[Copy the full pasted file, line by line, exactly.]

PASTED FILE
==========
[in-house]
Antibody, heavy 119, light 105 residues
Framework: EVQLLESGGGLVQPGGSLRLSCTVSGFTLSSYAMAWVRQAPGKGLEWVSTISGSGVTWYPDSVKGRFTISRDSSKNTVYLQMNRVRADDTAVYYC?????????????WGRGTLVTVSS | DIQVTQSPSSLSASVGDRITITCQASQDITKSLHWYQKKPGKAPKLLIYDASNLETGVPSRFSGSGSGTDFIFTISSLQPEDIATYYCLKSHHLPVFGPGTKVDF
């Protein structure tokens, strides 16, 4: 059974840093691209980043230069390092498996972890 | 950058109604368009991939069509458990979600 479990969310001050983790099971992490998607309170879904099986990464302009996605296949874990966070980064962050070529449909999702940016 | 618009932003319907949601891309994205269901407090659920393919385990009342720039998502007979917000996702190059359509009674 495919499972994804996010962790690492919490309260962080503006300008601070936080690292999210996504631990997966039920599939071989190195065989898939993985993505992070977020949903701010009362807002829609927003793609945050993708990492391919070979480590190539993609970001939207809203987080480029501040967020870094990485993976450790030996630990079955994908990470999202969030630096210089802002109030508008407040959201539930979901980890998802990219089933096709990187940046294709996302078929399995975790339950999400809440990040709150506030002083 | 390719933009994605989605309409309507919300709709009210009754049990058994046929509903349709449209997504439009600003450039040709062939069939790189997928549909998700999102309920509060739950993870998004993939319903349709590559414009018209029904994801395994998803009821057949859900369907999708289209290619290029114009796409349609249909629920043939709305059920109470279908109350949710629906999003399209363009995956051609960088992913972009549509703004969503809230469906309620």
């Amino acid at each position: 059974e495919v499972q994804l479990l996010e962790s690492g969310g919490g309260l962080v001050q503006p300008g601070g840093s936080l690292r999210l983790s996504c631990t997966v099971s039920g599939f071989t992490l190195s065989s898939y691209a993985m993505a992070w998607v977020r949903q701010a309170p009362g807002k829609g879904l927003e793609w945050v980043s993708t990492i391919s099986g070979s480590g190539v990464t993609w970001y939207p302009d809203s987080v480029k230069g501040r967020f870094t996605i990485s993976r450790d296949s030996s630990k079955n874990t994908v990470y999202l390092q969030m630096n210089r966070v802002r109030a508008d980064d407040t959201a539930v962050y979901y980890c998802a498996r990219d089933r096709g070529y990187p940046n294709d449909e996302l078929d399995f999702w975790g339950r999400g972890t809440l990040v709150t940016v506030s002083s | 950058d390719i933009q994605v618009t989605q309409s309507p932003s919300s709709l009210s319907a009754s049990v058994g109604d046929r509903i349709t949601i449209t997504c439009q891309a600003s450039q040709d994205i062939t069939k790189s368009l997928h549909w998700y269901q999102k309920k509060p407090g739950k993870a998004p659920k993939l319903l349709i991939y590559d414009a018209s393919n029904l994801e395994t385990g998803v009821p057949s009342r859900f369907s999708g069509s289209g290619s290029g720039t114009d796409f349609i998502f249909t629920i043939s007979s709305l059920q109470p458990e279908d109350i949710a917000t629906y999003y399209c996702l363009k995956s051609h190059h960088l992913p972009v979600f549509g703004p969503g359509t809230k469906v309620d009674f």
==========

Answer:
[in-house]
Antibody, heavy 119, light 105 residues
Framework: EVQLLESGGGLVQPGGSLRLSCTVSGFTLSSYAMAWVRQAPGKGLEWVSTISGSGVTWYPDSVKGRFTISRDSSKNTVYLQMNRVRADDTAVYYC?????????????WGRGTLVTVSS | DIQVTQSPSSLSASVGDRITITCQASQDITKSLHWYQKKPGKAPKLLIYDASNLETGVPSRFSGSGSGTDFIFTISSLQPEDIATYYCLKSHHLPVFGPGTKVDF
């Protein structure tokens, strides 16, 4: 059974840093691209980043230069390092498996972890 | 950058109604368009991939069509458990979600 479990969310001050983790099971992490998607309170879904099986990464302009996605296949874990966070980064962050070529449909999702940016 | 618009932003319907949601891309994205269901407090659920393919385990009342720039998502007979917000996702190059359509009674 495919499972994804996010962790690492919490309260962080503006300008601070936080690292999210996504631990997966039920599939071989190195065989898939993985993505992070977020949903701010009362807002829609927003793609945050993708990492391919070979480590190539993609970001939207809203987080480029501040967020870094990485993976450790030996630990079955994908990470999202969030630096210089802002109030508008407040959201539930979901980890998802990219089933096709990187940046294709996302078929399995975790339950999400809440990040709150506030002083 | 390719933009994605989605309409309507919300709709009210009754049990058994046929509903349709449209997504439009600003450039040709062939069939790189997928549909998700999102309920509060739950993870998004993939319903349709590559414009018209029904994801395994998803009821057949859900369907999708289209290619290029114009796409349609249909629920043939709305059920109470279908109350949710629906999003399209363009995956051609960088992913972009549509703004969503809230469906309620």
């Amino acid at each position: 059974e495919v499972q994804l479990l996010e962790s690492g969310g919490g309260l962080v001050q503006p300008g601070g840093s936080l690292r999210l983790s996504c631990t997966v099971s039920g599939f071989t992490l190195s065989s898939y691209a993985m993505a992070w998607v977020r949903q701010a309170p009362g807002k829609g879904l927003e793609w945050v980043s993708t990492i391919s099986g070979s480590g190539v990464t993609w970001y939207p302009d809203s987080v480029k230069g501040r967020f870094t996605i990485s993976r450790d296949s030996s630990k079955n874990t994908v990470y999202l390092q969030m630096n210089r966070v802002r109030a508008d980064d407040t959201a539930v962050y979901y980890c998802a498996r990219d089933r096709g070529y990187p940046n294709d449909e996302l078929d399995f999702w975790g339950r999400g972890t809440l990040v709150t940016v506030s002083s | 950058d390719i933009q994605v618009t989605q309409s309507p932003s919300s709709l009210s319907a009754s049990v058994g109604d046929r509903i349709t949601i449209t997504c439009q891309a600003s450039q040709d994205i062939t069939k790189s368009l997928h549909w998700y269901q999102k309920k509060p407090g739950k993870a998004p659920k993939l319903l349709i991939y590559d414009a018209s393919n029904l994801e395994t385990g998803v009821p057949s009342r859900f369907s999708g069509s289209g290619s290029g720039t114009d796409f349609i998502f249909t629920i043939s007979s709305l059920q109470p458990e279908d109350i949710a917000t629906y999003y399209c996702l363009k995956s051609h190059h960088l992913p972009v979600f549509g703004p969503g359509t809230k469906v309620d009674f």